Roger R. Schellby Roger R. Schell

Not only is the effectiveness of current cybersecurity “best practices” limited, but also they enable and encourage activities inimical to privacy. Their root paradigm is a flawed reactive one appropriately described as “penetrate and patch”. Vigorous promotion encourages reliance on these flimsy best practices as a primary defense for private information. Furthermore, this paradigm is increasingly used to justify needlessly intrusive monitoring and surveillance of private information. But even worse in the long term, this misplaced reliance stifles introduction of proven and mature technology that can dramatically reduce the cyber risks to privacy.

Threat of software subversion is dire risk to privacy
Today much of the private information in the world is stored on a computer somewhere. With Internet connectivity nearly ubiquitous, it is the exception – rather than the rule – for such computers to be physically/electrically isolated, i.e., separated by an “air gap”. So, protection for privacy is no better that the cybersecurity best practices defenses employed, and their evident weakness attracts cybercriminals. Billions of dollars of damage occur each year, including identity theft with massive exposure of personal data. Clearly weak cybersecurity defenses create a serious risk to privacy.

Juan Caballero’s article in this issue notes that “At the core of most cybercrime operations is the attacker's ability to install malware on Internet-connected computers without the owner's informed consent.” U.S. Navy research demonstrates that an artifice of six lines of code can lay bare control of a commercial operating system. The Stuxnet, DuQu and Flame software subversions have recently been detailed, and a senior researcher wrote, “Put simply, attacks like these work.” I made the point myself in a 1979 article on “Computer Security: the Achilles' heel of the electronic Air Force?” where I characterized subversion as the technique of choice for professional attackers.

Best practices are not well aligned with the threat
The general response seems primarily to be a concerted push for the use of best practices, with a heavy emphasis on monitoring techniques like antivirus products and intrusion detection. For example several Silicon Valley luminaries recently presented a program with an explicit goal “To promote the use of best practices for providing security assurance”. In the litigious U.S. there have even been legislative proposals to reward those who use best practices with “immunity” to lawsuits.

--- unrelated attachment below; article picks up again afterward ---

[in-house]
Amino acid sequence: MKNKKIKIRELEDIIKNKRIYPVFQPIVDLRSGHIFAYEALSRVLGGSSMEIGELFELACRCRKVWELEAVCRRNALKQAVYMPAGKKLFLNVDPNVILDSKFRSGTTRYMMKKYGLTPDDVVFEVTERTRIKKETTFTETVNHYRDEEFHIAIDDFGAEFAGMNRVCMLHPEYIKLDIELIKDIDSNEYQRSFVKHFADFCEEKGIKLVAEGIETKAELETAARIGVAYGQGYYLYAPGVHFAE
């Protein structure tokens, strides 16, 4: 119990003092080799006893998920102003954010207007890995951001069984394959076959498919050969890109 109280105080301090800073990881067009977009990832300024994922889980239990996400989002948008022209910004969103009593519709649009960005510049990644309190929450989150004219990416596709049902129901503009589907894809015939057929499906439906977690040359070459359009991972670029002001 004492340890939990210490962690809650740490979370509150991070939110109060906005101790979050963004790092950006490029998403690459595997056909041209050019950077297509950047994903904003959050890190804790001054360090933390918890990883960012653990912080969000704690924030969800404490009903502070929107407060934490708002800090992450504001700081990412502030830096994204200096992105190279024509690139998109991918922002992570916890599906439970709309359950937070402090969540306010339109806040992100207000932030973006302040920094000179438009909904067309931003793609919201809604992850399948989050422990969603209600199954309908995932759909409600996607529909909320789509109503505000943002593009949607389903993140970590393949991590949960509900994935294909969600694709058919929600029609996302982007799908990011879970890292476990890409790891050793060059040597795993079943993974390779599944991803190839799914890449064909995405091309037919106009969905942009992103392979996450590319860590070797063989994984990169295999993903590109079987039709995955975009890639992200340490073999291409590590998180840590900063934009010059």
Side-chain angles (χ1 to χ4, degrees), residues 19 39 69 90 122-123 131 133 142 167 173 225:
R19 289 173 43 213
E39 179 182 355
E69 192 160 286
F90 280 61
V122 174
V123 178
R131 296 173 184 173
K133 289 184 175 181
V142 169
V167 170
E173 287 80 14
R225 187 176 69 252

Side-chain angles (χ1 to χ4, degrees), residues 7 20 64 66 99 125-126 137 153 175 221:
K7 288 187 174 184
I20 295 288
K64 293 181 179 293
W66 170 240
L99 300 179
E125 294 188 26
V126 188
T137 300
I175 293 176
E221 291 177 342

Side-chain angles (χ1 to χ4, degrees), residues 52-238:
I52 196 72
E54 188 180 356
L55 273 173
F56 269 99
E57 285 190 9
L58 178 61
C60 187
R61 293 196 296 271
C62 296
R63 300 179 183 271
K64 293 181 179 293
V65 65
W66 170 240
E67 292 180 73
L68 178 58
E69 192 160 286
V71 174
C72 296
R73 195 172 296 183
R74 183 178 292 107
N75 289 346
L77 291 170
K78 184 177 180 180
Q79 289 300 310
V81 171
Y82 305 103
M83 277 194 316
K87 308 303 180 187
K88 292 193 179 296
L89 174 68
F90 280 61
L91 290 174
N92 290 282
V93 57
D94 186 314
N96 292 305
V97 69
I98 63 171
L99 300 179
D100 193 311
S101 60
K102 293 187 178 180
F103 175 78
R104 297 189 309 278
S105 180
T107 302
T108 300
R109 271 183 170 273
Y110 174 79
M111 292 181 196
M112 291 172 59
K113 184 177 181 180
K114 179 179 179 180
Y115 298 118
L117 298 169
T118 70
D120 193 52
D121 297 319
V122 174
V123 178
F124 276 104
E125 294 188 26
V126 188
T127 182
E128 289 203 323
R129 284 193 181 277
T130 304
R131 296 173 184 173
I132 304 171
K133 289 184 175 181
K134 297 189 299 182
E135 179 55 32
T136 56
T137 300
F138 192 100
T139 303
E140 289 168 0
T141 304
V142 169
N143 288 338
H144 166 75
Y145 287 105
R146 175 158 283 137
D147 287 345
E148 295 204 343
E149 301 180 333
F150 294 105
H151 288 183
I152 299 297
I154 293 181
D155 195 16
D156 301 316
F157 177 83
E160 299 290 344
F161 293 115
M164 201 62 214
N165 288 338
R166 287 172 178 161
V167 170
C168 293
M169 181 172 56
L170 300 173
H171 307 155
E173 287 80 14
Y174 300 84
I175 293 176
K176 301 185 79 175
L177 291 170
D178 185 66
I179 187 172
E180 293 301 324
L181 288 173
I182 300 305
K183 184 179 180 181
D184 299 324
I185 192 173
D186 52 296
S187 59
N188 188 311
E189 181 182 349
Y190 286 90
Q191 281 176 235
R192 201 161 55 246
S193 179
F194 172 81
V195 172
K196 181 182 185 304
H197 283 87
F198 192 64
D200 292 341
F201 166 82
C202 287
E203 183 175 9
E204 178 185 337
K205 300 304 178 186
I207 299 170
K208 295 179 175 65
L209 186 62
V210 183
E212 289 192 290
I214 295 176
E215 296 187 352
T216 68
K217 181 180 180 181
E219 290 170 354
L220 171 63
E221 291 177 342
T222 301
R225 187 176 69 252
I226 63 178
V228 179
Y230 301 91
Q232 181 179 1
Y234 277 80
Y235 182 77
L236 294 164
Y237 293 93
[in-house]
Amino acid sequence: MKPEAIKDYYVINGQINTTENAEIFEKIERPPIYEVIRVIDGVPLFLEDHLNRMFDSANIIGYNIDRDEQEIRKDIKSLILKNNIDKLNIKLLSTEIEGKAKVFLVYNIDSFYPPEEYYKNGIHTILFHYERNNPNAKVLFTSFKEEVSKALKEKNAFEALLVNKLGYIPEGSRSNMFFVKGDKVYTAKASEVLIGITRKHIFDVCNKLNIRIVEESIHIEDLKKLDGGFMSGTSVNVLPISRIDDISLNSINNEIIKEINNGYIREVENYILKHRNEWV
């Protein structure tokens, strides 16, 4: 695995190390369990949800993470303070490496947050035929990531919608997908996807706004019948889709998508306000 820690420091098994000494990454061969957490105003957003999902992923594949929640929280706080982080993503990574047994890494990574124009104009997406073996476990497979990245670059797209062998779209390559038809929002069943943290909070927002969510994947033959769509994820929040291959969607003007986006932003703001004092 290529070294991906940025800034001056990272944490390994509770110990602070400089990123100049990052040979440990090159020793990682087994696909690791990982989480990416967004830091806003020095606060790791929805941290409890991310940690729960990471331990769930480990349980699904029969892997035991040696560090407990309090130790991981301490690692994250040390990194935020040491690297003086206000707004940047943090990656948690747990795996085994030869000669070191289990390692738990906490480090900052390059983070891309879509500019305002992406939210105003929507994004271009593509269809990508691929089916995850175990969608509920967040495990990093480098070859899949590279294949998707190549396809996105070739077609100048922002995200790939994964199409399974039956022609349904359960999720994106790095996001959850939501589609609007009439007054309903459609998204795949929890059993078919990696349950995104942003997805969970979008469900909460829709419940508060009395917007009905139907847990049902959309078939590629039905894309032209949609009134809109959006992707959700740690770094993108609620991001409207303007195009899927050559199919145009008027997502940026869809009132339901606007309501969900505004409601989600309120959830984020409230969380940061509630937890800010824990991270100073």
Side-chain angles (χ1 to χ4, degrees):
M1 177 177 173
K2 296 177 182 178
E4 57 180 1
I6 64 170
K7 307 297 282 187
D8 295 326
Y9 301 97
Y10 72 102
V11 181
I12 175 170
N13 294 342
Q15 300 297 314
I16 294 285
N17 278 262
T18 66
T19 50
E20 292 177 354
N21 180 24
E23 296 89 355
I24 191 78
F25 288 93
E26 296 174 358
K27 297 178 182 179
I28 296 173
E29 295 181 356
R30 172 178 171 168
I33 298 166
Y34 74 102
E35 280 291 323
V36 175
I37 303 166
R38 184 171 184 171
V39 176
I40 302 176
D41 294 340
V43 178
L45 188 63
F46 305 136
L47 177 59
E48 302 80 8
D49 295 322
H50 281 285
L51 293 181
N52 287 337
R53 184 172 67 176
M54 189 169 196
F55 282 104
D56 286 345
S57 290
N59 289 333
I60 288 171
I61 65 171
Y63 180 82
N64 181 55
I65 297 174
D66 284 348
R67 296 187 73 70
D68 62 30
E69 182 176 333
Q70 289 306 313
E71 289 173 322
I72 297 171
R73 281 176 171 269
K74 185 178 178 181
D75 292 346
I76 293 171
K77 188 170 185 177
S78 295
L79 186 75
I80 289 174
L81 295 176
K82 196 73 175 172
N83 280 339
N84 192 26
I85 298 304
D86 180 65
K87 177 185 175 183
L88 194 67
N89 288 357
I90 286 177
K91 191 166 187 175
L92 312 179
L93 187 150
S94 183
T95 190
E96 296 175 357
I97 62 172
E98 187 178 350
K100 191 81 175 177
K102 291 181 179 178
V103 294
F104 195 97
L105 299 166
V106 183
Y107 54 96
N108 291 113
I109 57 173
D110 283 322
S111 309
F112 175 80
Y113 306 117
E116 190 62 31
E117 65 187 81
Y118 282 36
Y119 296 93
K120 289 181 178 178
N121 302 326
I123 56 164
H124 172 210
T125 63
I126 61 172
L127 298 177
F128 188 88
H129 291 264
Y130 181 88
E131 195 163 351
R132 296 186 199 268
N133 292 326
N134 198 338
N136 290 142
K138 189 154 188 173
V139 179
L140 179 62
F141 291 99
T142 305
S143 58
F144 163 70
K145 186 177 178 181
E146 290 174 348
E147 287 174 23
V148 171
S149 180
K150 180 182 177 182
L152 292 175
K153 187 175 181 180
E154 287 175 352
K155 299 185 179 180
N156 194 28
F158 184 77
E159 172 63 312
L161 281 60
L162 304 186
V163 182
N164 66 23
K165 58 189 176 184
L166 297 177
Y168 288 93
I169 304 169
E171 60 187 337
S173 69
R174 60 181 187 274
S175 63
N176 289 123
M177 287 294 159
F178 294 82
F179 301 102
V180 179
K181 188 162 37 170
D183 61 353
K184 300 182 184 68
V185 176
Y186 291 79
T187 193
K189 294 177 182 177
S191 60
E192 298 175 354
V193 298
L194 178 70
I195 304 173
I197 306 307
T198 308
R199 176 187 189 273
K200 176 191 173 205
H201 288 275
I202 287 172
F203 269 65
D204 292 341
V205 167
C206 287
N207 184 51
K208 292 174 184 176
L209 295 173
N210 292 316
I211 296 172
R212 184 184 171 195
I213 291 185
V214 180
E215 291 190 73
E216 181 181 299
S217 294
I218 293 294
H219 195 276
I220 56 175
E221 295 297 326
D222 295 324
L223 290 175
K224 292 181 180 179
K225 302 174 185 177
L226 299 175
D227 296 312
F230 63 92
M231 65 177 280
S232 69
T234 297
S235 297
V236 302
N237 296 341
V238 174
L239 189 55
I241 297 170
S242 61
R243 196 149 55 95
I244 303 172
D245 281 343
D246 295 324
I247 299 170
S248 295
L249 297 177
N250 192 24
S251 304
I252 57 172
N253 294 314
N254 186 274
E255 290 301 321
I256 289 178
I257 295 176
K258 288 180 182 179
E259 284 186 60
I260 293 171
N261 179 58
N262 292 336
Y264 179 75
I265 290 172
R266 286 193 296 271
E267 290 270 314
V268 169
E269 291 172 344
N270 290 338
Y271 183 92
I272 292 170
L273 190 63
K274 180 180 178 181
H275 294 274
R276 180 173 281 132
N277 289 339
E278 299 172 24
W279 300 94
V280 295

Yet this fails to align with the software subversion threat. A major antivirus vendor recently said, “The truth is, consumer-grade antivirus products can’t protect against targeted malware.” A FBI senior recently concluded that the status quo is “unsustainable in that you never get ahead, never become secure, never have a reasonable expectation of privacy or security”. Similarly, an IBM keynote presenter said, “As new threats arise, we put new products in place. This is an arms race we cannot win.”

But, it is even more insidious that governments use the infirm protection of best practices as an excuse for overreaching surveillance to capture and disseminate identifiable information without a willing and knowing grant of access. They falsely imply that only increased surveillance is effective. In fact, dealing with software subversion by a determined competent adversary is more intractable than scanning a lot of Internet traffic, as Flame and StuxNet amply demonstrate.

Proven verifiable protection languishes
In contrast, the security kernel is a proven and mature technology developed in the 1970s and 1980s. Rather than reactive, security is designed in to be “effective against most internal attacks – including some that many designers never considered”. The technology was successfully applied to a number of military and commercial trusted computer platforms, primarily in North America and Europe. It was my privilege to lead some of the best minds in the world systematically codifying this experience as the “Class A1” verifiable protection in the Trusted Computer System Evaluation Criteria (TCSEC). An equivalent technical standard promulgated in Europe was known as ITSEC F-B3, E6.

Although no security is perfect, this criterion was distinguished by “substantially dealing with the problems of subversion of security mechanism”. In other words, a powerful system-level solution aligned with the threat in just the way glaringly missing from current cybersecurity best practices. Unfortunately, at that time addressing this threat was not a market priority.

Although still commercially available, the technology has fallen into disuse in the face of the expedience of the reactive paradigm. It is particularly disappointing that now at the very time ubiquitous Internet connectivity makes privacy really, really interesting, educators and industry leaders have mostly stopped even teaching that it’s possible. But today’s researchers have one of those rare tipping point opportunities to lead the way to recovery from the clear and present danger to privacy by aggressively leveraging that proven “Class A1” security kernel technology.

Roger R. Schell, President of ÆSec, founding Deputy Director of the (now) US National Computer Security Center.
He is considered as the "father" of the Trusted Computer System Evaluation Criteria (the famous "Orange Book")

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